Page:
Northern Pike Techniques for Deep Water

It's August and all the pike are gone! Why and what to do!

For years I would go pike fishing with my buddy Mike, who could only get holidays in August because of the nature of his company. Mike is a big Northern Pike fanatic. No matter what fly-in / boat-in / canoe-in trip we did, the pike fishing sucked in the first couple of weeks in August.

Back in 2003, we took the Chapleau BUDD Train about 2 hours north of Chapleau and were dropped off at a river where there were boats waiting for us. We had to drive the boat another hour to get to our outpost cabin on what was marketed as a trophy pike lake.

The first three days we caught hardly anything. We did catch a few small hammer-handles, which is not what we went there for. After three days of not catching anything, I said to Mike that we might as well start fishing deep for Lake Trout because we need to eat fish. We are running out of food. We put on our 3-way swivel trout rigs and started trolling deep. We did not catch any Lake Trout but we did catch Whitefish and lots of small Northern Pike.

The Lake Is Turning

Have you ever heard someone say, "the lake is turning". What is happening, especially in northern Ontario, is the hot weather of July and beginning of August is being replaced by cool arctic weather coming down from the north. At this time of year, you can also get some very windy days. What is happening is the warm surface water is being pushed down to the bottom of the lake and cool water being pushed up, thus radically changing the 53 degree thermal layers, which is where the Lake Trout, Whitefish and other baitfish congregate. The warm water, which is heading deep, seems to bring all the shallow baitfish with it and the pike follow these baitfish.

Fishing for deep Northern Pike

We where hitting all our pike 30 to 60-feet deep on a light action Lake Trout rig. We were using small trout lures like Williams Wabblers, Blue Fox Spinners and Cleos. We did not catch any Lake Trout but we where catching tons of small pike and kept losing our lures because we were not using steel leaders.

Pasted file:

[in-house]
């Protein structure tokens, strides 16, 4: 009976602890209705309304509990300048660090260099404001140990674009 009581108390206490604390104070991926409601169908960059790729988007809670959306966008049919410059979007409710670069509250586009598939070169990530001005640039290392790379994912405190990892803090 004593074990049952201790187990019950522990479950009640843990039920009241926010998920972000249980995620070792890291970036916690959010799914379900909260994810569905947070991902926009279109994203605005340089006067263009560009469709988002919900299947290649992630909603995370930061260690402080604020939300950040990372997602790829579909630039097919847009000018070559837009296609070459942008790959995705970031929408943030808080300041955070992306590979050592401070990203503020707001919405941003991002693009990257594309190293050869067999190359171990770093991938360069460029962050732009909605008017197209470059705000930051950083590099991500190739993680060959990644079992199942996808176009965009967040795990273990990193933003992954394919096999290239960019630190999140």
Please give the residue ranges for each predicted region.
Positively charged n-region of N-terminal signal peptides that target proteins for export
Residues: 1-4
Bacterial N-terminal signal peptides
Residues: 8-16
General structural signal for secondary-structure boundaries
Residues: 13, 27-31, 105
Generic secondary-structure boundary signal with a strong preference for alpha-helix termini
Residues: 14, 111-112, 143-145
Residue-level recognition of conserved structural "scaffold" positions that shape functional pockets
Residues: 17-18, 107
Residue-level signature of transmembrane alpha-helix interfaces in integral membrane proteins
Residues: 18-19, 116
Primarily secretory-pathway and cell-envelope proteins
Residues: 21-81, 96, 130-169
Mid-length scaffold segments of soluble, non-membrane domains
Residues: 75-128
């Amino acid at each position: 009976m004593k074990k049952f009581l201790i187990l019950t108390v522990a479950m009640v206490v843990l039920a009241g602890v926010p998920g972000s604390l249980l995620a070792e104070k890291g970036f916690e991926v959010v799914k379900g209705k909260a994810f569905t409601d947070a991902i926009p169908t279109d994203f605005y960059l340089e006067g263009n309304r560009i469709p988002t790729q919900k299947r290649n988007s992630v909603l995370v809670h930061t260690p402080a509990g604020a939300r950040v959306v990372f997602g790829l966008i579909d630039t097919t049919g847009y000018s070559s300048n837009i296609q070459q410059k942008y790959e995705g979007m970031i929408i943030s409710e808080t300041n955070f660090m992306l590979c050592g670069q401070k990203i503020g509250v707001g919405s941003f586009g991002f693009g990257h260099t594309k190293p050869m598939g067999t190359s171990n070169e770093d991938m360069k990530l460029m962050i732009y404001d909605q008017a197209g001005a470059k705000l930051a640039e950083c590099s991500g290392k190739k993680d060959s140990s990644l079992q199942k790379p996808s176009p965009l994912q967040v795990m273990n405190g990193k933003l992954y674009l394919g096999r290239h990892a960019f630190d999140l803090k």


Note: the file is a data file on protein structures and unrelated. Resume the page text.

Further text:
You can not use steel leaders with a spoon on the 3-way swivel rig because it's too heavy. We put steel leaders on the rig but went to bigger floating lures like Original Floating Rapalas, J-11 Jointer Rapalas, countdowns and Thunder Sticks. These lures where also much bigger then the small trout lures thus we started catch big pike. Blue, Silver, Fire Tiger and Chartreuse seem to be the best colors while fishing down deep. Below is the 3-way swivel rig.

3-Way Swivel Rig:

The best way to fish down deep for Lake Trout is with 6-pound test line and a 3-way swivel rig. This technique is also excellent for big August Northern Pike, which are right on bottom in 30 to 60-feet of water.

You need 6-pound test because thicker line has too much friction with the water and it will be hard to find the bottom. You also need a 1-oz or 2-oz weight, a 3-way swivel, light steel leader and a lure that does not sink. I like to use an original floating Rapala, J-11 Jointed Rapala, Junior Thunderstick or a Countdown Rapala.

With Northern Pike, the rig is similar to a trout rig but the line ratios are different. You need a 3-foot lead line from the 3-way swivel to the sinker. Then you need a 5 or 6-foot lead line to your lure.

Get a strait slow troll going and slowly let out line until your sinker hits the bottom. Then real up a foot and wait. You only want to troll just fast enough that your lure starts working. Any faster and it will be hard to get down to the bottom.

When you set the hook, you have to set the hook hard and start reeling in right away as your line is going directly to the sinker, not the fish, thus there is a little bit of slack line you have to compensate for.